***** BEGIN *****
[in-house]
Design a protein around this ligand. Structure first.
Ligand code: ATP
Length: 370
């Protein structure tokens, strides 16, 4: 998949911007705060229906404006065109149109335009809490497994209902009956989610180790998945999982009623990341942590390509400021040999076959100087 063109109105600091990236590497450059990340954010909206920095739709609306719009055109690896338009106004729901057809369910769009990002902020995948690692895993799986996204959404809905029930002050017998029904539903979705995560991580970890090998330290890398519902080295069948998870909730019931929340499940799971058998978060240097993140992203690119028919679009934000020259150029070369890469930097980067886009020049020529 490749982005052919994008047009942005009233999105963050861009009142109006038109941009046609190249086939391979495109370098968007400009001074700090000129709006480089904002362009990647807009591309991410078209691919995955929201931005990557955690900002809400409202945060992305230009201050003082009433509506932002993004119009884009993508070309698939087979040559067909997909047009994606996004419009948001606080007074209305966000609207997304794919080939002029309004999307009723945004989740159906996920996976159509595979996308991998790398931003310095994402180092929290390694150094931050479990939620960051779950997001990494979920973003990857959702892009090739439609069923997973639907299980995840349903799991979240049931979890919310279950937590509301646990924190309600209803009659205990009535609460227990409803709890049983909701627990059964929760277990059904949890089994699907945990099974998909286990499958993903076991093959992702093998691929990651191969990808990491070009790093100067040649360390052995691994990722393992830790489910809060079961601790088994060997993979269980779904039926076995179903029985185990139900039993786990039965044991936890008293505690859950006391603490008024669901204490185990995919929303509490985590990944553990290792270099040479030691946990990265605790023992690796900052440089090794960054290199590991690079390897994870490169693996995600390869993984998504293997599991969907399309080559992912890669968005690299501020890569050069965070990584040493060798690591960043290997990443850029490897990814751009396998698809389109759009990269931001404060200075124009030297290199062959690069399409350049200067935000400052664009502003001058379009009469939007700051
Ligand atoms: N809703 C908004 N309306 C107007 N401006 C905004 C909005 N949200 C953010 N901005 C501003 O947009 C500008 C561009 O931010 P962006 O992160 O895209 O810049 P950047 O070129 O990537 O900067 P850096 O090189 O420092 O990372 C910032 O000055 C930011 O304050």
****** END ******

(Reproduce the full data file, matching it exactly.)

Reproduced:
[in-house]
Design a protein around this ligand. Structure first.
Ligand code: ATP
Length: 370
């Protein structure tokens, strides 16, 4: 998949911007705060229906404006065109149109335009809490497994209902009956989610180790998945999982009623990341942590390509400021040999076959100087 063109109105600091990236590497450059990340954010909206920095739709609306719009055109690896338009106004729901057809369910769009990002902020995948690692895993799986996204959404809905029930002050017998029904539903979705995560991580970890090998330290890398519902080295069948998870909730019931929340499940799971058998978060240097993140992203690119028919679009934000020259150029070369890469930097980067886009020049020529 490749982005052919994008047009942005009233999105963050861009009142109006038109941009046609190249086939391979495109370098968007400009001074700090000129709006480089904002362009990647807009591309991410078209691919995955929201931005990557955690900002809400409202945060992305230009201050003082009433509506932002993004119009884009993508070309698939087979040559067909997909047009994606996004419009948001606080007074209305966000609207997304794919080939002029309004999307009723945004989740159906996920996976159509595979996308991998790398931003310095994402180092929290390694150094931050479990939620960051779950997001990494979920973003990857959702892009090739439609069923997973639907299980995840349903799991979240049931979890919310279950937590509301646990924190309600209803009659205990009535609460227990409803709890049983909701627990059964929760277990059904949890089994699907945990099974998909286990499958993903076991093959992702093998691929990651191969990808990491070009790093100067040649360390052995691994990722393992830790489910809060079961601790088994060997993979269980779904039926076995179903029985185990139900039993786990039965044991936890008293505690859950006391603490008024669901204490185990995919929303509490985590990944553990290792270099040479030691946990990265605790023992690796900052440089090794960054290199590991690079390897994870490169693996995600390869993984998504293997599991969907399309080559992912890669968005690299501020890569050069965070990584040493060798690591960043290997990443850029490897990814751009396998698809389109759009990269931001404060200075124009030297290199062959690069399409350049200067935000400052664009502003001058379009009469939007700051
Ligand atoms: N809703 C908004 N309306 C107007 N401006 C905004 C909005 N949200 C953010 N901005 C501003 O947009 C500008 C561009 O931010 P962006 O992160 O895209 O810049 P950047 O070129 O990537 O900067 P850096 O090189 O420092 O990372 C910032 O000055 C930011 O304050």